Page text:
<p>The new testing method could be used at airports </p>

The new testing method could be used at airports

New 10-minute Covid test boosts holiday hopes

Speedy new test is just as sensitive as a PCR, say developers

Lucy Thackray
Thursday 19 August 2021 10:31
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A new 10-minute Covid test could speed up the pre-travel testing process, say developers from the University of Birmingham.

The new style of testing - known as the Exponential Amplification Reaction (EXPAR) method - was found to be just as sensitive as PCR or LAMP testing, currently used in hospitals, but results show up in under 10 minutes.

The test could be deployed at “entertainment venues, airport arrival terminals, and in remote settings where clinical testing laboratories are not available,” states the University’s website, adding that developers are now seeking commercial partners for rapid licensing, to get the new style of test rolled out.

The development will be welcomed by top figures in the travel industry, many of whom have expressed frustration at the time-consuming and expensive testing process that is putting off many potential travellers.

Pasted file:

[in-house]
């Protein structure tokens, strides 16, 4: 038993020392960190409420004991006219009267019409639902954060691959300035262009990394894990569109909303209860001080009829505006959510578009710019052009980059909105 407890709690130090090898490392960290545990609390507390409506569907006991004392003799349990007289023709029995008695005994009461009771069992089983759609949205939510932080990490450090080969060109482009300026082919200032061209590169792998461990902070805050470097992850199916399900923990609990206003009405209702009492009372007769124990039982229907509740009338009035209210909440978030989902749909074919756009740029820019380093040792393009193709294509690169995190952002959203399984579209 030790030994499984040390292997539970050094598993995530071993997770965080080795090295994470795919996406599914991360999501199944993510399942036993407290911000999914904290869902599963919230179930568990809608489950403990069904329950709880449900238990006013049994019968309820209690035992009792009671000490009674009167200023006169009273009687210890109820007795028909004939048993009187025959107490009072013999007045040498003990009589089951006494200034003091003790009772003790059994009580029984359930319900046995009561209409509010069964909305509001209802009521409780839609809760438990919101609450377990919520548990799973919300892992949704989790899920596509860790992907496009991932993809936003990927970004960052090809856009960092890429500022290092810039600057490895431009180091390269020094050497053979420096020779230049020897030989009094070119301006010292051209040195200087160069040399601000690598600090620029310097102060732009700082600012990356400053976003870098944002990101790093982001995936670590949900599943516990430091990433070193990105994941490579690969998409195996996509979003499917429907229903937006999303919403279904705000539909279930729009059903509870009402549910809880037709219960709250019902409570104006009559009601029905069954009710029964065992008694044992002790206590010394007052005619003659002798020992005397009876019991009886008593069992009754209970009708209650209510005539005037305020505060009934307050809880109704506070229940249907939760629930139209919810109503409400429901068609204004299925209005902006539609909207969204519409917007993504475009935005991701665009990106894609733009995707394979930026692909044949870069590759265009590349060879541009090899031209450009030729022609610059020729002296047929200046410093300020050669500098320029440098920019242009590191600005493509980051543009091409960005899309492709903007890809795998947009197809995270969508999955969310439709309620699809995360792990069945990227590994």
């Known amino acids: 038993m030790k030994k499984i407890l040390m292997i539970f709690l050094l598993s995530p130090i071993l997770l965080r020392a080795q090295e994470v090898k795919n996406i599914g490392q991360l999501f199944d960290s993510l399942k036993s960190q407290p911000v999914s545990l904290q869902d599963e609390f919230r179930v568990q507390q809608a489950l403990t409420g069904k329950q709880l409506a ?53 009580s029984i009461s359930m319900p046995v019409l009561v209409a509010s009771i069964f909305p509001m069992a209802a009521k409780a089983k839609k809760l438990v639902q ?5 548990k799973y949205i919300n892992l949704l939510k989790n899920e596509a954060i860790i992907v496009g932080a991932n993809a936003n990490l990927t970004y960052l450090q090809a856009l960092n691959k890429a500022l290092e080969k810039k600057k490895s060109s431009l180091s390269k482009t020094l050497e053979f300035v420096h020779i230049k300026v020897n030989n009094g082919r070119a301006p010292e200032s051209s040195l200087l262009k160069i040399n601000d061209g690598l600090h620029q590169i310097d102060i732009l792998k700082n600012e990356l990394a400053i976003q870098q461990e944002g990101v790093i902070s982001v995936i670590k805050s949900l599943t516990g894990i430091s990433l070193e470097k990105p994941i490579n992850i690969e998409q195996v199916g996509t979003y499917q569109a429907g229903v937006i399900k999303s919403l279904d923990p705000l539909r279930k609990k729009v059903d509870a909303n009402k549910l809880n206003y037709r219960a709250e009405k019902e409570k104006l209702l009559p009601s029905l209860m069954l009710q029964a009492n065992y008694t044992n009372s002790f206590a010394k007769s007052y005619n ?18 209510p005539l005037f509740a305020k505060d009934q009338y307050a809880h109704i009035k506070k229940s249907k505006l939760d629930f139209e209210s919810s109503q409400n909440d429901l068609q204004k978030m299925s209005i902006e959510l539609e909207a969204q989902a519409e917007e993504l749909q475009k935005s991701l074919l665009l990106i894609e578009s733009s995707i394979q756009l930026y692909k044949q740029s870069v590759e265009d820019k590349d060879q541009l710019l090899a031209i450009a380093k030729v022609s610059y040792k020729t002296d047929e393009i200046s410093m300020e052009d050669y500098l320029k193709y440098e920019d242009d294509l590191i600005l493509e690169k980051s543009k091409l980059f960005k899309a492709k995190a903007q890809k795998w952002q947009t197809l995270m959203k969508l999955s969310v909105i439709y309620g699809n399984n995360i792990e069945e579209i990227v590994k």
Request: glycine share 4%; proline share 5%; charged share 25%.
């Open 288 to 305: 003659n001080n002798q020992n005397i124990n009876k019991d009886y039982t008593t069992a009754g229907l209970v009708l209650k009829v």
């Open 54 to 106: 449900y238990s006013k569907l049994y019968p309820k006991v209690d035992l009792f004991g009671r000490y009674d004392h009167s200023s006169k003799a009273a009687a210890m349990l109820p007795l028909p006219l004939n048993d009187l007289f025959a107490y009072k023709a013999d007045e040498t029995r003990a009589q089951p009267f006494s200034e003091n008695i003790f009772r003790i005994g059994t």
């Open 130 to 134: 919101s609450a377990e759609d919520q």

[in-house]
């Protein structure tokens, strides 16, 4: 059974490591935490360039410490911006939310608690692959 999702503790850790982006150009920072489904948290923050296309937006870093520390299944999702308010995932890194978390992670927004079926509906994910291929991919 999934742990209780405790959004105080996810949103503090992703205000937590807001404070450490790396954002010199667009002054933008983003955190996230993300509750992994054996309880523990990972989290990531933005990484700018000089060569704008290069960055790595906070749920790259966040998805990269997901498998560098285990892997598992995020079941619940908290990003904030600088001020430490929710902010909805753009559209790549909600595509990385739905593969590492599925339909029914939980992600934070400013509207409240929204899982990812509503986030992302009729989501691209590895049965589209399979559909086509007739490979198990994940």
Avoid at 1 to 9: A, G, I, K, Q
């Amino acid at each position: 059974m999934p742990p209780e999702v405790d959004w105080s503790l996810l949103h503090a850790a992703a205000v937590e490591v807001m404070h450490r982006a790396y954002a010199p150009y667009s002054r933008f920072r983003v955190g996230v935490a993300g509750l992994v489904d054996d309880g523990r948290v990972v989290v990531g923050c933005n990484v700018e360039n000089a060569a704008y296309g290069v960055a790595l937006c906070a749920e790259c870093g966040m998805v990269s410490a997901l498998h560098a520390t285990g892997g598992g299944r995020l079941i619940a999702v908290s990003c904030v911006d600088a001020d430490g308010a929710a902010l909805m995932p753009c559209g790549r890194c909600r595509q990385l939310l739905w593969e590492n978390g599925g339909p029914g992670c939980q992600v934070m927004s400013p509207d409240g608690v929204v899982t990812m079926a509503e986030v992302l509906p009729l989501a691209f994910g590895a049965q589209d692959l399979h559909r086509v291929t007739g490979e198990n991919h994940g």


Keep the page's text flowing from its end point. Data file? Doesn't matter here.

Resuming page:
Yesterday, tour operator Trailfinders published a blog criticising the UK’s approach to testing, asking, “Is the reason for these tests to deter travel rather than to uncover new variants? The data suggests this may well be the case.”

The EXPAR test has a similar level of sensitivity and accuracy to the most common PCR style of testing, say developers.

“The testing used swabs containing a typical range of viral loads seen during the pandemic, and had a six-minute cut-off time,” explained Professor Andrew Beggs, whose team developed the test.

“The analysis showed RTF-EXPAR’s sensitivity is equivalent to quantitative PCR testing, with a positive predictive value of 89 per cent, and a negative predictive value of 93 per cent .

“We expect to publish the full results of this testing in the near future.”

It follows the news that only 6 per cent of positive PCR test swabs had been sent off for further analysis - a key step in identifying new virus variants - during the month of July.

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